A statement by Barry says, "We proposed a workable injunction that follows the 9th Circuit ruling and keeps the Napster community together while we are working to settle this case and transition to our new membership-based service. While we await the judges modified injunction and while we continue to pursue our legal case, we will begin later this weekend to block the transfer of file names we have previously received from copyright holders, consistent with the 9th Circuits ruling."

Much of the legal argument is now focused around the question of who is responsible for identifying the music that must be blocked and how this is to take place. The record industry has proposed that it submit a list of artists' names and titles of songs that it requires blocking, with Napster then being responsible for finding and blocking these files. Napster argues this would be unworkable and could lead to the blocking of non-copyrighted material. The company argues that the recording industry should identify the specific files that contain copyright protected material.

Artists divided

Alongside the legal issues, the growth of Napster and music swapping has fueled a raging debate among artists on questions of intellectual property rights in the age of the Internet.

The most well known protagonists are rapper Chuck D and the Dave Mathews Band, on the side of Napster, and rap star Dr Dre and rock band Metallica, on the side of the recording industry.

Trying to straddle the two sides is the musician Prince. Although a long-time critic of the music industry, Prince condemns Napster and calls for artists to take control of the distribution of their music, citing his own NPG Music Club. In an online interview with Sonicnet.com he said, "The creator of said work should and will define it." He argues that file sharing was inevitable because people are tired of getting ripped off at the record store, "One or two good songs for $18 is crazy." By signing artists to contracts giving the record labels ownership of the master recordings, Prince said, the industry has tried to redefine art as product and property, "That way, they redefine us."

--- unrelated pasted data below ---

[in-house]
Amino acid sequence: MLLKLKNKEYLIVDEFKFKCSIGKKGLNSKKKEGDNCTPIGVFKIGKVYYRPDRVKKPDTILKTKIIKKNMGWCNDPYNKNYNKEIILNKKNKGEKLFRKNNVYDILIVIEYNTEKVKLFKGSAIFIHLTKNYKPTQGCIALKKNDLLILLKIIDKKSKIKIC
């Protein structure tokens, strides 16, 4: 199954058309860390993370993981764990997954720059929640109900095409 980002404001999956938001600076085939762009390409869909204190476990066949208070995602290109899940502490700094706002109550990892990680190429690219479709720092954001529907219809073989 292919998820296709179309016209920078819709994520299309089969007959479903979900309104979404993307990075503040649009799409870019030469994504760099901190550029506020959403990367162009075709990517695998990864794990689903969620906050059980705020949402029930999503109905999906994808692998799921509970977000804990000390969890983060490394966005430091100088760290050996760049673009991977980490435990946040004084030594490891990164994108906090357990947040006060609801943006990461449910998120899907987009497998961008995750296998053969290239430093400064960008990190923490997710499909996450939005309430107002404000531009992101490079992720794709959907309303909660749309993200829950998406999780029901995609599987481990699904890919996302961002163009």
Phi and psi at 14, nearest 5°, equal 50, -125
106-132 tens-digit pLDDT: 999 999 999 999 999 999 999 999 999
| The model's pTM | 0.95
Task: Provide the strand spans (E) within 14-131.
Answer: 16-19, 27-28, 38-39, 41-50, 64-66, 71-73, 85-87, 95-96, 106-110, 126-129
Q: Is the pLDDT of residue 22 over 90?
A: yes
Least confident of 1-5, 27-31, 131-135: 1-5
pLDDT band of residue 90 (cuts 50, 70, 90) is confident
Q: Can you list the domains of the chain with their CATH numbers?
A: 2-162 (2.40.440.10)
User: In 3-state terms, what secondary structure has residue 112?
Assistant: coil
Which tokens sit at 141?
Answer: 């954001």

Others oppose Napster on clearly commercial grounds. The estate of the late rock artist Jeff Buckley has asked the company to remove users who swapped his music. Representatives of rock pioneer Roy Orbison's estate have also notified the company of more than a million violations by Napster users of copyrights they hold.

In contrast, the Dave Matthews Band issued its latest single "I Did It" via Napster in January. Matthews, with several platinum discs under his belt, says that artists should rally round Napster. "I don't see the sense in fighting something that is the future. I don't feel that I'm in the position to say I'm being ripped off by Napster in any way," Matthews told Siliconet.

"We will always be able to play music, and no one will be able to take that away from us," he said. "There will be a lot more positive things that come out of Napster than negative. It's going to give people access to music they otherwise wouldn't have, because of the nature of the industry."

Rapper Chuck D wrote a column for the New York Times last April in which he encouraged fellow artists to embrace Napster.

The band Rage Against the Machine has asked Napster to reinstate thousands of members who had been kicked off the service at the request of Sony Music for downloading copies of songs from the group's “Renegades” album.